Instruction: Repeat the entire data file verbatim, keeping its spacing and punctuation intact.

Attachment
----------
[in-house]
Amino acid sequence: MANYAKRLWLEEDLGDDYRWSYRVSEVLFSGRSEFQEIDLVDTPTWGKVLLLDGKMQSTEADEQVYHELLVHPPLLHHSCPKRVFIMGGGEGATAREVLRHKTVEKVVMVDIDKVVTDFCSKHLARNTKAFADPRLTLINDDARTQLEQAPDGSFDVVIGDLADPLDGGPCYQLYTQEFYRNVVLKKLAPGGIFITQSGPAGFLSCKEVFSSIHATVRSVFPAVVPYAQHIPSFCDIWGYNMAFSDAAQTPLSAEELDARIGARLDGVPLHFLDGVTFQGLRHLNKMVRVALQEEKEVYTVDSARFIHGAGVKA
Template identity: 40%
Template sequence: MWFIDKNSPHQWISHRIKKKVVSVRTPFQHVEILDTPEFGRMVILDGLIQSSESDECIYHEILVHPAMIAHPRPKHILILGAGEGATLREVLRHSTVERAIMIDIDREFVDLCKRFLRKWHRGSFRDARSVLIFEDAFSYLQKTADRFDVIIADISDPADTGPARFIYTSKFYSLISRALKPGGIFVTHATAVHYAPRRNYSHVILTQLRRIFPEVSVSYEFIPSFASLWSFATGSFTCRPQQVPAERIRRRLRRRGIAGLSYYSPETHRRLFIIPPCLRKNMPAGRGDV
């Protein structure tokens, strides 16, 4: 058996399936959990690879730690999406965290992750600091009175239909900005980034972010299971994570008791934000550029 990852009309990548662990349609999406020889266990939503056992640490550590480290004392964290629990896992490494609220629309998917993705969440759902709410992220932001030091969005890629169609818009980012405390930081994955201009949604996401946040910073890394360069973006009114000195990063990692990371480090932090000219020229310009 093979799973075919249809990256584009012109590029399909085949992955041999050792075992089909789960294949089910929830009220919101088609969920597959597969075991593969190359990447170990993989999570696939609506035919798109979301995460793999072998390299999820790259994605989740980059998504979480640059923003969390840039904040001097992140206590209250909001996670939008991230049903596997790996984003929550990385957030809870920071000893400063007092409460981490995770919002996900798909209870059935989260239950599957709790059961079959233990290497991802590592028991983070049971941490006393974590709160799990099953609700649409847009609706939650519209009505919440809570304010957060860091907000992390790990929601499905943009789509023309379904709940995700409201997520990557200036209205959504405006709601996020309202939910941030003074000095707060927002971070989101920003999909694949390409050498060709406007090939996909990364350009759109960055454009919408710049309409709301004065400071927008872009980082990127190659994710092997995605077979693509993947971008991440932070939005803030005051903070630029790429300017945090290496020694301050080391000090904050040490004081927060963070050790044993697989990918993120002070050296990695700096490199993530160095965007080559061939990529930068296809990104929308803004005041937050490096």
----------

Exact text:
[in-house]
Amino acid sequence: MANYAKRLWLEEDLGDDYRWSYRVSEVLFSGRSEFQEIDLVDTPTWGKVLLLDGKMQSTEADEQVYHELLVHPPLLHHSCPKRVFIMGGGEGATAREVLRHKTVEKVVMVDIDKVVTDFCSKHLARNTKAFADPRLTLINDDARTQLEQAPDGSFDVVIGDLADPLDGGPCYQLYTQEFYRNVVLKKLAPGGIFITQSGPAGFLSCKEVFSSIHATVRSVFPAVVPYAQHIPSFCDIWGYNMAFSDAAQTPLSAEELDARIGARLDGVPLHFLDGVTFQGLRHLNKMVRVALQEEKEVYTVDSARFIHGAGVKA
Template identity: 40%
Template sequence: MWFIDKNSPHQWISHRIKKKVVSVRTPFQHVEILDTPEFGRMVILDGLIQSSESDECIYHEILVHPAMIAHPRPKHILILGAGEGATLREVLRHSTVERAIMIDIDREFVDLCKRFLRKWHRGSFRDARSVLIFEDAFSYLQKTADRFDVIIADISDPADTGPARFIYTSKFYSLISRALKPGGIFVTHATAVHYAPRRNYSHVILTQLRRIFPEVSVSYEFIPSFASLWSFATGSFTCRPQQVPAERIRRRLRRRGIAGLSYYSPETHRRLFIIPPCLRKNMPAGRGDV
């Protein structure tokens, strides 16, 4: 058996399936959990690879730690999406965290992750600091009175239909900005980034972010299971994570008791934000550029 990852009309990548662990349609999406020889266990939503056992640490550590480290004392964290629990896992490494609220629309998917993705969440759902709410992220932001030091969005890629169609818009980012405390930081994955201009949604996401946040910073890394360069973006009114000195990063990692990371480090932090000219020229310009 093979799973075919249809990256584009012109590029399909085949992955041999050792075992089909789960294949089910929830009220919101088609969920597959597969075991593969190359990447170990993989999570696939609506035919798109979301995460793999072998390299999820790259994605989740980059998504979480640059923003969390840039904040001097992140206590209250909001996670939008991230049903596997790996984003929550990385957030809870920071000893400063007092409460981490995770919002996900798909209870059935989260239950599957709790059961079959233990290497991802590592028991983070049971941490006393974590709160799990099953609700649409847009609706939650519209009505919440809570304010957060860091907000992390790990929601499905943009789509023309379904709940995700409201997520990557200036209205959504405006709601996020309202939910941030003074000095707060927002971070989101920003999909694949390409050498060709406007090939996909990364350009759109960055454009919408710049309409709301004065400071927008872009980082990127190659994710092997995605077979693509993947971008991440932070939005803030005051903070630029790429300017945090290496020694301050080391000090904050040490004081927060963070050790044993697989990918993120002070050296990695700096490199993530160095965007080559061939990529930068296809990104929308803004005041937050490096």